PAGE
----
A stronger credit profile may assist you in negotiating a lower interest rate. It is thus worth your efforts in making sure that your credit profile is strong and healthy before you apply for a home loan. This will enable you to use the extra money that you would have paid as an interest repayment, to rather pay into your bond each month as an extra payment, enabling you to pay off your bond much faster.

If you have a deposit available when you buy your own home, this deposit will lower the amount which the bank must lend to you and again this reduces the risk to the bank. The lower the risk to the bank, the lower your interest rate ought to be. It thus makes good sense to save towards a deposit before you go out to buy your property, as it improves your negotiation power and can reduce not only your risk to the bank but also  your subsequent interest rate.

Home owners will soon see the advantage to negotiating the best possible interest rate and if your affordability (meaning your cash flow) allows it, start paying off your bond faster by either paying in an extra amount  every month, or deposit occasional once-off payments into your bond. Every bit helps, advises Meyer.


When you buy a car on credit, the repayments are usually structured over a 60 month (5 year) repayment period. A car buyer will thus easily repay the credit of a R300 000 car bought over 5 years, but it will take 20 years to pay off a home loan of R500 000.00. Why not apply a similar reduced repayment structure for a home loan?

Paying extra money into your bond every month reduces the bond term and similarly, if you shorten your bond term, you again save thousands of rands over the term.

Home loan R1 million x 20 years x 9.25 %


Monthly payment

R9 158   pm

Interest paid over 20 years

R1 198 000


add R500 per month more

R9 658   pm

Interest paid over 17.5 years

R 1 012 368

R185 711 saved &  2 years 7 months

Add R 1 000 per month more

R10 158 pm

Interest paid over 15.6 years

R 881 382

R316 697 saved & 4 years 6 months






Rather than going on a spending spree with a bonus or unexpected windfall, consider paying that money into your bond to save thousands says Meyer.

Home loan R1 million x 20 years x 9.25 %

No lump sum payment

Monthly payment

R9 158   pm

Interest paid over 20 years

R1 198 000


One extra lump sum payment


R10 000

Interest paid over 18.11 years

R 1 097 597

R100 482 saved &  1 year & 1 month


Few investment opportunities will do better than the R10 000 paid into your bond account to enable you to save R100 482, says Meyer and the best is – you invest in the security of your own property.

Summary – Prepare and empower yourself before you approach the bank/s and you will save thousands of rands on your home loan.

-End- August 2014

Meyer de Waal

Oosthuizen and Co Meyer de Waal

My Budget Fitness

021 461 0065

Leave a comment

Posted by on 27/08/2014 in Content


Some thoughts on investing offshore

Seema Dala, Allan Gray (Head of Orbis Global Client Servicing in South Africa. Orbis is Allan Gray’s partner) is one of the long standing clients of our office and I recently read an article compiled by her.

 If you want to know more about investing offshore – read more ………………


  • Is the value of the rand important in your decision to invest offshore?



South African investors tend to race offshore when the rand weakens and offshore assets are doing well.  Your views on the relative value of the rand should however be just one of the factors in your decision to invest offshore.  Investors should also consider the diversification benefits of investing in global markets – the South African market represents just 1% of total world stock market capitalisation.  Increasing exposure to global markets, and to sectors that are underrepresented in the ALSI, serves to reduce portfolio risk over the long term.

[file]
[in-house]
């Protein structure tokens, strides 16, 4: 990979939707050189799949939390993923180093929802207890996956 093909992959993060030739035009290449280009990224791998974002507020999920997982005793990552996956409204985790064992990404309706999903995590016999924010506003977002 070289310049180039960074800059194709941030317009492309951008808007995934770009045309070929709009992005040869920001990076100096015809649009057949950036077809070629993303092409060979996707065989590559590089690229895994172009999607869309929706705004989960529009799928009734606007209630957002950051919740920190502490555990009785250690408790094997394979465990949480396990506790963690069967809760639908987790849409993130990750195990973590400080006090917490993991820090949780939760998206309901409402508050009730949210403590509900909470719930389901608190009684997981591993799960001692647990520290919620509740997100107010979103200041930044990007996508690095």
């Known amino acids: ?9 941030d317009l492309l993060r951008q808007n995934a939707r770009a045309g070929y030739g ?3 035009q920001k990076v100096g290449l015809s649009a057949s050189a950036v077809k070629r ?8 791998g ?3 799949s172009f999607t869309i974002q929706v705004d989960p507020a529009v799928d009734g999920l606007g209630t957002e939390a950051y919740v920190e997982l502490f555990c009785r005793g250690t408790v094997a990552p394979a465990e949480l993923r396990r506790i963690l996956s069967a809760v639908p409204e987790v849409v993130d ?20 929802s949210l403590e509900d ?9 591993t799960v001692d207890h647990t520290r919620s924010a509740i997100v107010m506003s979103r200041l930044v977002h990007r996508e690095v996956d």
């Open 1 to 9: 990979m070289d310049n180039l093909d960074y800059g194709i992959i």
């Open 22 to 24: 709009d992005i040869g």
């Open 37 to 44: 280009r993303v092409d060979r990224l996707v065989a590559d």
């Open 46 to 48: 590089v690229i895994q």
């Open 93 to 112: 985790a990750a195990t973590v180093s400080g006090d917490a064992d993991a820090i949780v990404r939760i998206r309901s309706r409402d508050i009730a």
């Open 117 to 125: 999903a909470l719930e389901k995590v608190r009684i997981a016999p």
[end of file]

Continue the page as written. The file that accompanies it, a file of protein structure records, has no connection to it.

The rand has continued to depreciate over the last 12 months, weakening by about 7% from R9.9/US$ to R10.6/US$. The extent of the rand weakness over the last few years (the rand was at R6.8/US$ three years ago) has not surprised us given the pressures on the currency, which include South Africa’s trade deficit and the resulting current account deficit, as well as our budget deficit.


In addition, the rand is susceptible to changes in foreign investor sentiment. We saw this play out in 2013 as our bond market sold off along with other emerging markets, largely due to concerns regarding the US Federal Reserve (the Fed) winding down its programme of quantitative easing. This, probably in combination with the poor SA economic fundamentals, caused the rand to weaken substantially.


 While it is difficult to say with certainty whether the currency will weaken or strengthen from these levels, particularly over the short term, we do think that there is a greater chance of further weakness as South Africa’s economic challenges make it vulnerable to a return to normal interest rates in the US, which may disrupt inward capital flows.


  • Developed markets versus emerging markets: where are we finding value?



It is important to remember that bottom-up stock pickers like Allan Gray and Orbis invest clients’ money in shares of companies they think are undervalued irrespective of developments in an economy.


While developed market valuations are currently looking stretched, there are some sectors where, in Orbis’ view, the stock market is overly pessimistic about short-term developments. The media sector, for example, is a cyclical industry where the future is likely to resemble the past and the markets’ concerns may be resolved in the fullness of time.


In emerging markets, Orbis has been finding attractive opportunities in countries like Korea, Brazil, Russia and China, which have broadly underperformed their developed market peers and, based on our bottom-up research, a select number of companies appear to be trading at a discount to their intrinsic value. We recognise that opportunities in less-developed jurisdictions often come with a higher probability of negative surprises, and accordingly Orbis requires a greater margin of safety when investing. But in Orbis and Allan Gray’s view, the risk of losing money comes not from economic uncertainty or nervy sentiment, but from overpaying for investments – in that regard, the less you pay, the lower the risk.